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improvement of surgical techniques from recurrence to CPIP [5, 6]. It is difficult to estimate the true incidence of CPIP, as the type of pain assessment differs between studies. A review by Poobalan et al. [7], discussing studies of inguinal hernia repair between 1987 and 2000, reported an incidence of CPIP of up to 53 % (range 0–63). Recently, it has become apparent that CPIP must be of either neuropathic or somatic (nociceptive) origin [7]. Despite many hypotheses about the possible causes for CPIP, there is now consensus that involvement of inguinal nerves plays a major role [8]. This is probably best illustrated by the fact that a favorable outcome can be obtained after neurectomy of the ilioinguinal, iliohypogastric, genitofemoral (genital branch), or lateral femoral cutaneous nerves in patients with CPIP [9]. Based on the thought that the inguinal nerves are involved in the development of CPIP, preperitoneal placement of mesh is preferable as fixation of the mesh is not necessary and the inguinal nerves do not transcend into the operative field, in contrast to LP. The results of laparoscopic repair [predominantly total extraperitoneal procedure (TEP)] have been demonstrated in a number of studies [3, 4, 10, 11]. Many authors have shown that similar recurrence rates can be achieved laparoscopically, and some have demonstrated a lower incidence of CPIP [12]. However, the important advantage of LP is that general anesthesia is not necessary and LP is not associated with visceral and major vascular injuries. The latter are rare but reported complications of TEP as are port-site hernias that require surgical correction [13]. It has also been documented that the learning curve for LP is shorter than for the laparoscopic approach [14, 15]. In 2006, a novel technique was developed combining the advantages of both LP and TEP: the trans rectus sheath extra-peritoneal procedure (TREPP). This technique concerns an open procedure in which the mesh is placed preperitoneally. It differs from other preperitoneal techniques such as those of Kugel [16], Ugahary and Simmermacher [17], Wantz [18], and Pelissier [19] due to its medial approach avoiding the interference with the course of all (three) inguinal nerves through the lateral abdominal wall. This study evaluates the first 1,000 patients who were treated with TREPP. We hypothesized that TREPP would have a short learning curve and that its results as regards CPIP, sensibility changes, patient satisfaction, and recurrence rates would match the standards of a valid inguinal hernia correction technique.

Material and methods From August 2006 to October 2010, a total of 1,000 patients were treated for inguinal hernia with TREPP by two surgeons in St. Jansdal Hospital, the Netherlands.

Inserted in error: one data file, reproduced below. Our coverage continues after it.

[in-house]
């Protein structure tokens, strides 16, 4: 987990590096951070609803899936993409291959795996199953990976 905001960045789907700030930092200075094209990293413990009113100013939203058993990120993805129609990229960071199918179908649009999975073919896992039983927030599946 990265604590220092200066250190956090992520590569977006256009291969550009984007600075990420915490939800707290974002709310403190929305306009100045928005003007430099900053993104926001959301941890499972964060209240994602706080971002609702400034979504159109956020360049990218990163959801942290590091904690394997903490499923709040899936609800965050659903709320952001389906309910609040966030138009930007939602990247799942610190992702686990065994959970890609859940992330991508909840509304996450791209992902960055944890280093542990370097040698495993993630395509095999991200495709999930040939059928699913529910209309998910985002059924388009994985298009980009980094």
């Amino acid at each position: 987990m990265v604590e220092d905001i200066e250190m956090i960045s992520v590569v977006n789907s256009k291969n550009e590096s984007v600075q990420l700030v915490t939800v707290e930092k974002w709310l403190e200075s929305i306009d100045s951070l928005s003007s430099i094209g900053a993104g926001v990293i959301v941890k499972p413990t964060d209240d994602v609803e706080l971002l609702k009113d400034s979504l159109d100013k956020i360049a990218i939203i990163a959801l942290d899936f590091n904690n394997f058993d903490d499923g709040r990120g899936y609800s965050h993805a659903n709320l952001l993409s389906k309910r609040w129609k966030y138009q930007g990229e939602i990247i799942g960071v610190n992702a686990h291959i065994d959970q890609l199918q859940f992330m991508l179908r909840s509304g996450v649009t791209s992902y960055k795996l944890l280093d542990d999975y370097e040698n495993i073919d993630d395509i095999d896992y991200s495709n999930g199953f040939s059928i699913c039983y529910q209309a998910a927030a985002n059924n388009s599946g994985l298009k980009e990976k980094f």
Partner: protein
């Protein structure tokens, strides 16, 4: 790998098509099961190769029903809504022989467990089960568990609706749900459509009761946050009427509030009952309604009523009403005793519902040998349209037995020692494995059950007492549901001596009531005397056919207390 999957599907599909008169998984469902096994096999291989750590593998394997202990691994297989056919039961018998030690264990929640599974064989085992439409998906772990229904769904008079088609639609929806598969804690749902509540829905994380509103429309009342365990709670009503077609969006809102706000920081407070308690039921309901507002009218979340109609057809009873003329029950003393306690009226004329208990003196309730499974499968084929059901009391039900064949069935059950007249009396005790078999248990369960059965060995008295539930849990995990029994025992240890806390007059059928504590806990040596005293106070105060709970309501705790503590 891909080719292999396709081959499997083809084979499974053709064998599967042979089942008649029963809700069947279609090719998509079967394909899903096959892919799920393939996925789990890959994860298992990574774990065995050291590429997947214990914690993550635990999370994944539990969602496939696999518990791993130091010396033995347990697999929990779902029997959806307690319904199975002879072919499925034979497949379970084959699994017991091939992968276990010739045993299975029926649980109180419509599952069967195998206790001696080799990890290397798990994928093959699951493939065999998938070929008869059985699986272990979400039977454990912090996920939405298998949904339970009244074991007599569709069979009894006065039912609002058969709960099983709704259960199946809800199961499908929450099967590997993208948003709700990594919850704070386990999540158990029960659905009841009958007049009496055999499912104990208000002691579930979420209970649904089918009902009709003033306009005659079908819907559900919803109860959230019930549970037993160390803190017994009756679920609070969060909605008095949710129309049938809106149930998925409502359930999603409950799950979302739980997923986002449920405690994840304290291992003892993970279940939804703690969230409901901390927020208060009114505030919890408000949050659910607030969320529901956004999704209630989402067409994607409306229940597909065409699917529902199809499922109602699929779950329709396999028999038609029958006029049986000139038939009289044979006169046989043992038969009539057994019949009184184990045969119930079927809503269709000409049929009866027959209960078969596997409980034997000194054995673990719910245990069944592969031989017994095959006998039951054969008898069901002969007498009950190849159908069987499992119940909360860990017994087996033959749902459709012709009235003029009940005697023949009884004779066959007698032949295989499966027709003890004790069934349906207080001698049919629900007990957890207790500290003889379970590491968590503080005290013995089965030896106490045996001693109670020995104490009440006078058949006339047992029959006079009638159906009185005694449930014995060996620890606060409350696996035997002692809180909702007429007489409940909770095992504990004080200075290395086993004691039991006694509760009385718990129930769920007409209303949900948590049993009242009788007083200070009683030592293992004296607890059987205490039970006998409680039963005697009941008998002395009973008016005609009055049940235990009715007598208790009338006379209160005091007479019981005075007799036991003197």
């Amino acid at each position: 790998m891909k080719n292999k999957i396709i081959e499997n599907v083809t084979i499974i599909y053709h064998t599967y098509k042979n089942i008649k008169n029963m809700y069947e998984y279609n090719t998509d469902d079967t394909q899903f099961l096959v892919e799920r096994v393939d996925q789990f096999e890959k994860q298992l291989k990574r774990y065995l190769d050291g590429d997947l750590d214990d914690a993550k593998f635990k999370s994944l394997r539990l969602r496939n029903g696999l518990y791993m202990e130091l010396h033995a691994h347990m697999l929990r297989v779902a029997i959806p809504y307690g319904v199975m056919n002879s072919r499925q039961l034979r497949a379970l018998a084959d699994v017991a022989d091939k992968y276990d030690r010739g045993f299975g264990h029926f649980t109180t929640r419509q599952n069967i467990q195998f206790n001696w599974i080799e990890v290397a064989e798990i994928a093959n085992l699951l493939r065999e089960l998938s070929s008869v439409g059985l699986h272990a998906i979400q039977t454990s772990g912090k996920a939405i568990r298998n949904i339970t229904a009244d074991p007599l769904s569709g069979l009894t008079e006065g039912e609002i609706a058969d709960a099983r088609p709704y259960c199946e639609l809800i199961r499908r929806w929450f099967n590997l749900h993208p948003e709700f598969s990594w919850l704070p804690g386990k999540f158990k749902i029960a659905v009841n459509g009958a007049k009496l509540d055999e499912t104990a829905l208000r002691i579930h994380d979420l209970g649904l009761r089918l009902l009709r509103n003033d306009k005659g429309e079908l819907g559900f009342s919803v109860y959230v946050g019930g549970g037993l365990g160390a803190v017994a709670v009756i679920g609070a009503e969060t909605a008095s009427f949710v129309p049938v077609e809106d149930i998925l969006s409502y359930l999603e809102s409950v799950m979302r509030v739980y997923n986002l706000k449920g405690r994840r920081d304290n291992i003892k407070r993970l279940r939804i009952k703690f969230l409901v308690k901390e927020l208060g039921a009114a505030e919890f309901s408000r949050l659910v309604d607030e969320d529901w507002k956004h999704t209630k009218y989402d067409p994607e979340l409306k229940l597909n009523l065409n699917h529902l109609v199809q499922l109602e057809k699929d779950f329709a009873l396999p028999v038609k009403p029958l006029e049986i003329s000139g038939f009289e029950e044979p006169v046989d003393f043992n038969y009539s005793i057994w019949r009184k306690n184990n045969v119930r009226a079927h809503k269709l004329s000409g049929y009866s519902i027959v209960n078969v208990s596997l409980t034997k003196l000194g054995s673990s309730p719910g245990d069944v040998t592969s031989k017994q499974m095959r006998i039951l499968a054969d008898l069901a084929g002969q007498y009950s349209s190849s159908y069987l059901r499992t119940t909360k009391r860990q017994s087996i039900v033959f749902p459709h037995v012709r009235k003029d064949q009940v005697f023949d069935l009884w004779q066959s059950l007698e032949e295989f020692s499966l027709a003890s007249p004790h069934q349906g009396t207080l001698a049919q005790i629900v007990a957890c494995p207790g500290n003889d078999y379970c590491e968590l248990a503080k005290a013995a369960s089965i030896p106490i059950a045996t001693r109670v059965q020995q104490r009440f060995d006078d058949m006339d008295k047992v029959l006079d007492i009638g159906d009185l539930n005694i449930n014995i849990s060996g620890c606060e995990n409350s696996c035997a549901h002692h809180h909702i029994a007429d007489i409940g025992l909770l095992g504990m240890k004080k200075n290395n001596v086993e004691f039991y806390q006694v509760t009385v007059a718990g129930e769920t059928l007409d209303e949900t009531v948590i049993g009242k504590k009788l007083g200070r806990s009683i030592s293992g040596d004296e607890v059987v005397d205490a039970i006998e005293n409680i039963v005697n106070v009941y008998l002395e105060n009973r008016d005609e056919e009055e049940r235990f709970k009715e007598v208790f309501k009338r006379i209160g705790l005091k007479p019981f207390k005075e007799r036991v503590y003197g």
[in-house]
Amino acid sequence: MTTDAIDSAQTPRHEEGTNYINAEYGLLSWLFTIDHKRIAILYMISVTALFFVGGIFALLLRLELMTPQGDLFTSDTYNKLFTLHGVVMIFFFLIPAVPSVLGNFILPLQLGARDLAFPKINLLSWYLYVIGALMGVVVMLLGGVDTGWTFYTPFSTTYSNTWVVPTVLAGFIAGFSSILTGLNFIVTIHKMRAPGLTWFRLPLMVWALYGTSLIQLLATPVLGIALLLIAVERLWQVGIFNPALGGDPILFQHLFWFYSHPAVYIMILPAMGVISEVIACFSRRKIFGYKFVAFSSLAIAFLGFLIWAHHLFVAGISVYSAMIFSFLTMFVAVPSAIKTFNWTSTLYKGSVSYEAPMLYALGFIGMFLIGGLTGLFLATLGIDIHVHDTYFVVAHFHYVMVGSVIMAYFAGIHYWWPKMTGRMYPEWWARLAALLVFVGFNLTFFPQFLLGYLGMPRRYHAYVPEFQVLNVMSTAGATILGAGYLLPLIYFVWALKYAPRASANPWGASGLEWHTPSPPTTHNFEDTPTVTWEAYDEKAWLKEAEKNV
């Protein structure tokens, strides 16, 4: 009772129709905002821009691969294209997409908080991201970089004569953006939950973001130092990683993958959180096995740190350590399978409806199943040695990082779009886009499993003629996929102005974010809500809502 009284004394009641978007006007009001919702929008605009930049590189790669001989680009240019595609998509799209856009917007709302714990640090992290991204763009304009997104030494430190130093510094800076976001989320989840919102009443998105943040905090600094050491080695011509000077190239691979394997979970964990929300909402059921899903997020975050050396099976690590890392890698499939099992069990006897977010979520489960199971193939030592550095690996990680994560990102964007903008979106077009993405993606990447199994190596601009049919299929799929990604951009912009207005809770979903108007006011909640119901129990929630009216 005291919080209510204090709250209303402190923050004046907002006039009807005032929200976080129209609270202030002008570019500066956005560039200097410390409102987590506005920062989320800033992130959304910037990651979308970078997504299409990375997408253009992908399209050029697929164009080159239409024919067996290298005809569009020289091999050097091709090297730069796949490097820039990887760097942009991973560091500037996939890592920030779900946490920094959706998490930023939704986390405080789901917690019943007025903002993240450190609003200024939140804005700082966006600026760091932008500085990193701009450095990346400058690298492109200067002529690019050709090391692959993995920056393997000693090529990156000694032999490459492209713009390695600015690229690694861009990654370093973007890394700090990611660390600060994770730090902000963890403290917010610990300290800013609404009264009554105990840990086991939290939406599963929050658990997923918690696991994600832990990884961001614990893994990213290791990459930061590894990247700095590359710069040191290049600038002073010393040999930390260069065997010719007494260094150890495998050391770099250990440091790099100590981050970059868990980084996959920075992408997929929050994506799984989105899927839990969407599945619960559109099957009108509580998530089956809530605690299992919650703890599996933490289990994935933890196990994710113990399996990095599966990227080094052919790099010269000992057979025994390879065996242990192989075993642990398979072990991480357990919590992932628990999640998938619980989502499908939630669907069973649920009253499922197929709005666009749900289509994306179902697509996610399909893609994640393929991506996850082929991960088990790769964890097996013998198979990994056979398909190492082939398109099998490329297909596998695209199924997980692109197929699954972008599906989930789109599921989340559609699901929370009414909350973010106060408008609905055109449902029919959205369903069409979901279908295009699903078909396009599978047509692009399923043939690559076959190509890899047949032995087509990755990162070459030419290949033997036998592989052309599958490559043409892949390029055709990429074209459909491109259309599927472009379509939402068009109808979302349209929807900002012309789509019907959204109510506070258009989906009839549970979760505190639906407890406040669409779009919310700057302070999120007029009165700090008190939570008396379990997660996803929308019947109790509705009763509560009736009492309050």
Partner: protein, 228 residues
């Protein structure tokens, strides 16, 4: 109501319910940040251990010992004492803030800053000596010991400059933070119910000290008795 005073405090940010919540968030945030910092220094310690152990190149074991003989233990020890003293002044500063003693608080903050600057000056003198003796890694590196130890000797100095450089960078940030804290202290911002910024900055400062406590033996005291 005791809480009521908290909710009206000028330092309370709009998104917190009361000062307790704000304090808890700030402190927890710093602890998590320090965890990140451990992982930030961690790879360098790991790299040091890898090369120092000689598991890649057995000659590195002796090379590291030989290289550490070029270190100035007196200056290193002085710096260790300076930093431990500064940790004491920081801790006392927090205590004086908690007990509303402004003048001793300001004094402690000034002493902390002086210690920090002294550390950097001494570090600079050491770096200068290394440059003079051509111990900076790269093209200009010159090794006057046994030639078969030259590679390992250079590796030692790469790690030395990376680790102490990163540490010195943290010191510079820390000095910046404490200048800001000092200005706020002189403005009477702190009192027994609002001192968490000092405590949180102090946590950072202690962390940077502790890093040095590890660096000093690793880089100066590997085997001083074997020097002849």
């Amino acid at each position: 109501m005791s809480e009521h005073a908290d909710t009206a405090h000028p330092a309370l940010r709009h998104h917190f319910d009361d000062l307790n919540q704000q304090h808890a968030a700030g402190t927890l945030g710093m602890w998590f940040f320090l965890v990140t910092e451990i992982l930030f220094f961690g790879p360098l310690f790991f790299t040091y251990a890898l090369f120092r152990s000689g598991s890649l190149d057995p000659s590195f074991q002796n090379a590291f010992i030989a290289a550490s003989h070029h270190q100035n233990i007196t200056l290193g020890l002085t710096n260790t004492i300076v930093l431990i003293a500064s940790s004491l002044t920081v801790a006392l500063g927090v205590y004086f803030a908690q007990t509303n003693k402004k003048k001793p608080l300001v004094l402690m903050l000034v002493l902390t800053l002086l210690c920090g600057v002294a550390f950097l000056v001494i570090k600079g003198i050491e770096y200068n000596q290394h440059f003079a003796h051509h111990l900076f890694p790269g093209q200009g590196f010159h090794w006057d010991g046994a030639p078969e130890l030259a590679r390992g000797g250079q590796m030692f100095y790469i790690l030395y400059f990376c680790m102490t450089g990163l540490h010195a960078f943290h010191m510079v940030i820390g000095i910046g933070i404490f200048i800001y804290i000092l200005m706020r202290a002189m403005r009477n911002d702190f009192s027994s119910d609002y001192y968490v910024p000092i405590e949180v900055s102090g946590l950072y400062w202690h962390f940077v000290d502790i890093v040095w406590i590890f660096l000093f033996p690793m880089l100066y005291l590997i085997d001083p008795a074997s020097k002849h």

Surgical technique The operation is performed under spinal or general anesthesia (Fig. 1). All operations were performed as day surgery. An incision is made following Langer’s lines one finger fold above the line between the pubic tubercle and the anterior superior iliac spine. The incision starts about 1 cm laterally to the midline, with a total length of about 6 cm. After dividing the subcutaneous tissue and Scarpa’s fascia, the aponeurosis of the external oblique muscle and the anterior rectus sheath are exposed and divided parallel to the incision. The muscle fibers of the rectus abdominis muscle are swept away medially. The transversal fascia is identified as a thin layer behind the rectus muscle and is divided. Special attention is given to the identification of the inferior epigastric vessels, which are kept away medially, together with the fibers of the rectus abdominis muscle. By blunt dissection, the preperitoneal cavity is easily opened, at first behind the pubic bone where the connective tissue is very loose (Retzius’ space). Then, the preperitoneal space is opened more laterally (Bogros’ space), while the following structures may be used as anatomic landmarks: the abdominal wall ventrally, the psoas muscle dorsolaterally, and the external iliac artery and vein medially. Between both created cavities, the following structures are localized: deferential duct (female: round ligament), testicular vessels, and the hernia sac in case of an indirect hernia. Hernia reposition is achieved in a direct hernia by gently pulling (often already achieved by the mere opening of the preperitoneal space). In an indirect or femoral hernia, gentle pulling also suffices in most cases. In more adherent hernias, traction must be applied to the hernia sac, using two dissecting forceps. This can be achieved under direct vision. The deferential duct and the testicular vessels are easily identified. The duct runs dorsally to the peritoneum more medially, as it follows its course to the seminal vesicles. The vessels run more laterally in front of the iliopsoas muscle. At the abdominal wall, the hernia orifice can be palpated from inside, either as a defect in the transversal fascia, a widened internal ring, or a femoral hernia orifice dorsally to the inguinal ligament. A polysoft, self-expanding mesh is pushed into the preperitoneal space, covering the orifices of all possible hernias (as in TEP). As the spermatic cord and vessels all run dorsally on the psoas muscle, the mesh is positioned anteriorly to the cord. It is not necessary to use stitches to fix the mesh. Since it has a solid ring and a size that overlaps the hernia orifice at all points, it is safely secured between the peritoneum and